Mentoring new dancers is a critical part of Short’s mission. One of his favorite memories from Ngoma and Dissonance is adjudicating The International Association of Blacks in Dance, where he says Dissonance and Ngoma offered scholarships and contracts to more than 60 young artists.
“Seeing the faces of so many dancers wanting an opportunity really humbles a person, ya know? Many people have aided me in my development, and I believe it is my prerogative to give back whenever I can.”
Dissonance Dance Theatre returns for in-person performances March 2023.
Dance Place is all about community, as far as its new artistic director is concerned.
dani tirrell is approaching one year at Dance Place. Looking back at successes like DanceAfrica DC 2022, and forward to upcoming performances by local artists, tirrell is trying to figure out what perspectives and ideas to bring to the 44-year-old company.
“What I’m coming in with is just really my love for community and people,” tirrell says. “Everything I do is seen through the lens of Black liberation and Black feminist theory. For me, those things also open up [so] that other people can come into the space.”
tirrell focuses on making space for new artists. Whether by offering more residencies or creating space for people to work without pressure, tirrell wants to figure out how to support dancers in a low-stress environment.
Uninterested in conforming to traditional dance norms, tirrell makes room for artists’ full selves: for everyone’s distinctive rhythms and fashion and language.
It all ties back to tirrell’s vision of dance, filtered through the lens of Black liberation.
“It looks like flowers, it looks like roses, it looks like joy,” tirrell says. “It looks like a space where people can breathe — a space where Black bodies don’t have to apologize.”
Dance Place will host Kinetic Light for a performance September 24 and 25. Local artists Sarah Beth Oppenheim, Charlie Maybee and Chitra Subramanian will be presented by Dance Place this fall.
Solas Nua’s “Yes and Yes” with Liz Roche Company
Got any plans for celebrating the 100th anniversary of James Joyce’s “Ulysses”? No? Well then, it’s a good thing Irish arts group Solas Nua has you covered.
To commemorate the first time “Ulysses” was published as a full volume, Solas Nua commissioned Liz Roche Company to create “Yes and Yes,” a new dance performance in response to the novel. Liz Roche, an Irish choreographer, will bring her company to D.C. for the September premiere.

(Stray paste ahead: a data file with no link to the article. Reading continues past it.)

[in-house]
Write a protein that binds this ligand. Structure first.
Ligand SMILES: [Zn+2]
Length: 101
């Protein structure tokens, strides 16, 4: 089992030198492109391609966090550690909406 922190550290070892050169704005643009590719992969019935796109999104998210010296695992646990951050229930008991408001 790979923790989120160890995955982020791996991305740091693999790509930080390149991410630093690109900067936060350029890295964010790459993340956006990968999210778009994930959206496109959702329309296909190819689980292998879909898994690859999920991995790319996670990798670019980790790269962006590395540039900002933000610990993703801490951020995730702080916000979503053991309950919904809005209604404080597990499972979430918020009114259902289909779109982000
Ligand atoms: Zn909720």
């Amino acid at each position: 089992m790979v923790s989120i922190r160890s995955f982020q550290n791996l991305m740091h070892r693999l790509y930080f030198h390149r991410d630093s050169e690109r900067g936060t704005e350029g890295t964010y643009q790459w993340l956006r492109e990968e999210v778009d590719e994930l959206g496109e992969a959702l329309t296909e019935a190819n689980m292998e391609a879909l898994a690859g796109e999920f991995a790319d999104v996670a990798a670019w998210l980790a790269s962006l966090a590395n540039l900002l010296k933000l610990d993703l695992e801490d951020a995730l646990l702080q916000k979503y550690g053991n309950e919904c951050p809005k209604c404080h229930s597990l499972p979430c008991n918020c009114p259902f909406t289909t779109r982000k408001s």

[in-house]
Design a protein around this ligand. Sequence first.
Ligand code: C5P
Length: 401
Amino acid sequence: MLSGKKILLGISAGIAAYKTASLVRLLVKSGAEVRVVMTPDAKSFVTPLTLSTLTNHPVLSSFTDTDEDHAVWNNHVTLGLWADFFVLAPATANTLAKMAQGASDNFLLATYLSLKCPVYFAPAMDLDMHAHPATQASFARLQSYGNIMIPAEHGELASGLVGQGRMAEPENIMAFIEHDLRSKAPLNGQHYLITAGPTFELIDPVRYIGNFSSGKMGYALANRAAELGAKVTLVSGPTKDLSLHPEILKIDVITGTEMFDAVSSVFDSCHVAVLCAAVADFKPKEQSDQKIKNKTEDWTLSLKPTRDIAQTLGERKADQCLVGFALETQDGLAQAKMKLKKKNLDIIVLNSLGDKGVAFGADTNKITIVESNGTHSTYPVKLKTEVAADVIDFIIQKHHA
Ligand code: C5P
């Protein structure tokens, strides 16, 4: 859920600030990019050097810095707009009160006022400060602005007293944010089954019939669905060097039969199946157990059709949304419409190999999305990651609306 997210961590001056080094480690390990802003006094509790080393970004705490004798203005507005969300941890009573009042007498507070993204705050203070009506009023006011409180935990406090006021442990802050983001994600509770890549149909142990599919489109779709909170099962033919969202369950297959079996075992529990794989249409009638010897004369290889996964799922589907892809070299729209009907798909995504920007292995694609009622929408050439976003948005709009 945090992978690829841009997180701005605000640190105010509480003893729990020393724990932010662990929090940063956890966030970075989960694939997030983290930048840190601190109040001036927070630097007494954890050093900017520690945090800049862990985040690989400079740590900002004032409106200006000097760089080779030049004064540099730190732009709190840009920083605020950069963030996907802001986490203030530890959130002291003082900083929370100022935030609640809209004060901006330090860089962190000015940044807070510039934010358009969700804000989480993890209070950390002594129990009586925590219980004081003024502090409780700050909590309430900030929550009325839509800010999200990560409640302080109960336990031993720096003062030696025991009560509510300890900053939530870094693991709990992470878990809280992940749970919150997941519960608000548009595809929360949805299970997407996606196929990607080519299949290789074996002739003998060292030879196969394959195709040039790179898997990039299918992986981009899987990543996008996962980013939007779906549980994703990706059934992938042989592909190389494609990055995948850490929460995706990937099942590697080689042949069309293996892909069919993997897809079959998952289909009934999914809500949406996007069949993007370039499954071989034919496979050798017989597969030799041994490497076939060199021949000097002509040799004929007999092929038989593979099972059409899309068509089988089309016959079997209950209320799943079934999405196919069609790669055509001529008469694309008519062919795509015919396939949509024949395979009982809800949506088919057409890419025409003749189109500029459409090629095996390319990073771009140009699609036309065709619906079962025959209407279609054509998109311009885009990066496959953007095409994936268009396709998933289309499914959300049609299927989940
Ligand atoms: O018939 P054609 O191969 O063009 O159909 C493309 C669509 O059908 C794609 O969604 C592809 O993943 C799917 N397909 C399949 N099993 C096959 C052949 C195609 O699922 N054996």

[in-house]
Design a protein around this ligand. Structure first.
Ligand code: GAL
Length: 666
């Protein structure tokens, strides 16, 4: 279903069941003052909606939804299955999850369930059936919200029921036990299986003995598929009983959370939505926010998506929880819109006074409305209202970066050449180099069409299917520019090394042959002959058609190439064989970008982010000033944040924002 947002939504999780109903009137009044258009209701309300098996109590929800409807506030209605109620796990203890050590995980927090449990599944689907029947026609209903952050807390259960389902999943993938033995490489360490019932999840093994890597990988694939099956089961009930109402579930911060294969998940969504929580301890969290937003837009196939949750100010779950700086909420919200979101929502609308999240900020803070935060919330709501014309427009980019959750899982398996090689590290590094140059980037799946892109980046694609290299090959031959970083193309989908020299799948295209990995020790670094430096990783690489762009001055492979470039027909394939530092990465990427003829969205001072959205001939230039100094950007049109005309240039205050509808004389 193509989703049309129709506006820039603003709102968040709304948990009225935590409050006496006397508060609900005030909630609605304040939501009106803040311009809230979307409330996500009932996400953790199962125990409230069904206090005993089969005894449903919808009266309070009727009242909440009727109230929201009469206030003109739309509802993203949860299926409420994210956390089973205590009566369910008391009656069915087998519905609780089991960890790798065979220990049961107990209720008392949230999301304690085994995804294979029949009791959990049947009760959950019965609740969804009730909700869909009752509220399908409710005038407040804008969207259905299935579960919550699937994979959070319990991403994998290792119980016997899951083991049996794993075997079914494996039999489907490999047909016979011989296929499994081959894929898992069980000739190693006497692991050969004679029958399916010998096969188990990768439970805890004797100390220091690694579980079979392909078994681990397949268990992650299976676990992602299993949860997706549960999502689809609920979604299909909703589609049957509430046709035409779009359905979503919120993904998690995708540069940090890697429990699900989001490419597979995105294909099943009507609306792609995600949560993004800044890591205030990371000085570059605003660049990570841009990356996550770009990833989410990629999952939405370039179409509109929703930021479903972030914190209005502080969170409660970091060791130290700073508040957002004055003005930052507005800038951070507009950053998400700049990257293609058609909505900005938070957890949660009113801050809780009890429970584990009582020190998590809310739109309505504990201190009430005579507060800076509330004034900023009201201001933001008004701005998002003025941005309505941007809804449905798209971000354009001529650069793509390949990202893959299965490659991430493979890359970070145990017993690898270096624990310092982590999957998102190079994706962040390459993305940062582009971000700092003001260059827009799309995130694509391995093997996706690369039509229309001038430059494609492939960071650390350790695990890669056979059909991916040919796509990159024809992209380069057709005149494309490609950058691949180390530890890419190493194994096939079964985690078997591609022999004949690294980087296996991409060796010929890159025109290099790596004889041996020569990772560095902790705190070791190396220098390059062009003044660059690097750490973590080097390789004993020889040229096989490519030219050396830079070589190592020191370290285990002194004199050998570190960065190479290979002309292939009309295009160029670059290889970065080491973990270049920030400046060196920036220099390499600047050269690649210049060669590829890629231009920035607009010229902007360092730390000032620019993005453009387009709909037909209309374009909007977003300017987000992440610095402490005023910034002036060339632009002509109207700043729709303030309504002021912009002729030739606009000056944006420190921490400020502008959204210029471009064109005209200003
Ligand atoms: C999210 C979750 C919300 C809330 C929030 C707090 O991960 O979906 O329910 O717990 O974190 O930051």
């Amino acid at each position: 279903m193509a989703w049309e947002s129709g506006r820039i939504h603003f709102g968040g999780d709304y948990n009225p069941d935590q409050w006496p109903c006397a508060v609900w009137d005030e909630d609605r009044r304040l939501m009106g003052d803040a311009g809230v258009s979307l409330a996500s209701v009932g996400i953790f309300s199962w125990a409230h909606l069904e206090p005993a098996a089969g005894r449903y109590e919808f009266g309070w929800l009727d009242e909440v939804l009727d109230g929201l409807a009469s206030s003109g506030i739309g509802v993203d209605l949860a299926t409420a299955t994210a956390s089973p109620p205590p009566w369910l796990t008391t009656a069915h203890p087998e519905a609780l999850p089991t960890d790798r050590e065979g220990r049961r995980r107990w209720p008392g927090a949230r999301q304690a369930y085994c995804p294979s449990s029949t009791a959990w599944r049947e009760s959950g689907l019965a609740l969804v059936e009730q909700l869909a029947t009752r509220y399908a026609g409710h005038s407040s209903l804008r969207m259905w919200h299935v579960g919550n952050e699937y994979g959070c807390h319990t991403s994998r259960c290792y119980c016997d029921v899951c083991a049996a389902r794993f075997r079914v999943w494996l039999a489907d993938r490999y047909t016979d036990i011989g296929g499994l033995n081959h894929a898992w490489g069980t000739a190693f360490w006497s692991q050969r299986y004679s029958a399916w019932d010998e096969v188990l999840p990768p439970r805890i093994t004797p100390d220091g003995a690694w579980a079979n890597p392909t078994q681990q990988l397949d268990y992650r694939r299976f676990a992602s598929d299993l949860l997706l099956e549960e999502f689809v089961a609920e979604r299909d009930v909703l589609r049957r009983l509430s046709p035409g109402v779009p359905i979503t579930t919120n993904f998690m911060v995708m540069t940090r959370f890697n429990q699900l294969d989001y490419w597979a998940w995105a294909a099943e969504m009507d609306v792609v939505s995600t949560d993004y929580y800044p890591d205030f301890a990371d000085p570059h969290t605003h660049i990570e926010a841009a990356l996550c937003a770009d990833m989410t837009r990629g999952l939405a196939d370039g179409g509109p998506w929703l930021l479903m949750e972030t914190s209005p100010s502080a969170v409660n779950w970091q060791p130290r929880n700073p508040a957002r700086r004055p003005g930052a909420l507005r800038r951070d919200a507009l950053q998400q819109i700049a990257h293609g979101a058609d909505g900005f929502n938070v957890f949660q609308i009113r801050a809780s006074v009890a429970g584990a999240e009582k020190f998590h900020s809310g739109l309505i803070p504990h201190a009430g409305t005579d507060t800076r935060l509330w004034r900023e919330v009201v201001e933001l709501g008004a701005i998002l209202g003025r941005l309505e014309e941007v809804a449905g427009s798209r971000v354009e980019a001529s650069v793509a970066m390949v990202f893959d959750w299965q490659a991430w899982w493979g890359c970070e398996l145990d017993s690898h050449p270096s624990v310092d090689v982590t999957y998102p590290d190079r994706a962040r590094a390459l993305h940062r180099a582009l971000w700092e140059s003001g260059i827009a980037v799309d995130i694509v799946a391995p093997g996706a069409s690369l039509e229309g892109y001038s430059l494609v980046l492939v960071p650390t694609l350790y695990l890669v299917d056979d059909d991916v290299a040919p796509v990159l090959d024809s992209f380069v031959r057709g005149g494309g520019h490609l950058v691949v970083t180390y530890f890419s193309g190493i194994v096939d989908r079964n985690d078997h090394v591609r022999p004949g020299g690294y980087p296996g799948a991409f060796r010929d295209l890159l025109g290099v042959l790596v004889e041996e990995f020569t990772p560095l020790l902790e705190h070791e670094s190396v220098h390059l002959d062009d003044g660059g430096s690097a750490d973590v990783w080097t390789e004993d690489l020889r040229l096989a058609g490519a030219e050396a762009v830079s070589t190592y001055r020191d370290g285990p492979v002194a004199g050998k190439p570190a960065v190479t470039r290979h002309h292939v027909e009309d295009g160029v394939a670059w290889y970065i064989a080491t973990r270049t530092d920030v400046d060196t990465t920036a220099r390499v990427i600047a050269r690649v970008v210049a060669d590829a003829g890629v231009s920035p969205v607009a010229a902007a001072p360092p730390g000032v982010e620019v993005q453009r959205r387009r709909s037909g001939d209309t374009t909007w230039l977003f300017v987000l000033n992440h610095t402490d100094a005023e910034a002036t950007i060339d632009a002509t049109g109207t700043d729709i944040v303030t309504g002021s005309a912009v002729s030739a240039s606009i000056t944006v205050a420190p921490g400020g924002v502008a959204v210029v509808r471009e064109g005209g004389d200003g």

Dublin is at the center of both “Ulysses” and the new performance.
“Joyce famously said when he wrote ‘Ulysses’ that if Dublin was destroyed, you could rebuild the city based on the book,” says Miranda Driscoll, executive director of Solas Nua. “So basically [Roche is] really looking at the city of Dublin and what ‘Ulysses’ means, 100 years later, through the [human] body.”
The performance gets its name from the last chapter of “Ulysses,” which begins and ends with the word “yes.” But despite all the inspirations “Yes and Yes” takes from the novel, Driscoll wants everyone — regardless of their “Ulysses” knowledge — to come see the dance.
“You don’t have to be a ‘Ulysses’ expert,” Driscoll says. “You don’t even have to read ‘Ulysses.’ It’s a piece within its own right.”
DMV residents can see “Yes and Yes” on September 9 and 10 at the Atlas Performing Arts Center.
Carpathia Folk Dance Ensemble
By July 1, Carpathia Folk Dance Ensemble eclipsed the number of performances it typically does in a year. That’s because the ensemble was fundraising to support Ukraine. The multi-ethnic group’s usual mission is to preserve and present Central European dance — but Carpathia’s artistic director and founder Wesley Reisser says the Russian invasion of Ukraine transformed his goals.
“We’re now heavily involved in raising awareness and support for Ukraine,” he says. “Also, awareness and support for all the countries nearby taking in refugees.”
While the group performs at festivals up and down the East Coast, it isn’t exclusive to professionals. Carpathia welcomes pretty much everyone who wants to join: Requirements are just being at least 14 years old and interested in joining a performance group.
Performing dances from such a wide range of regions means dancers must learn a huge mix of moves and rhythms. But at its heart, the troupe’s fast-paced dances are uplifting, all about expressing joy and sharing with the audience.
Reisser says Ukrainian dance is frequently a fan favorite, full of vibrant movement.
“The guys are doing squats and kicks on the floor and the women are doing these really fast, crazy turns in costumes with tons of ribbons,” Reisser says. “They look like streak of colors just going across the stage.”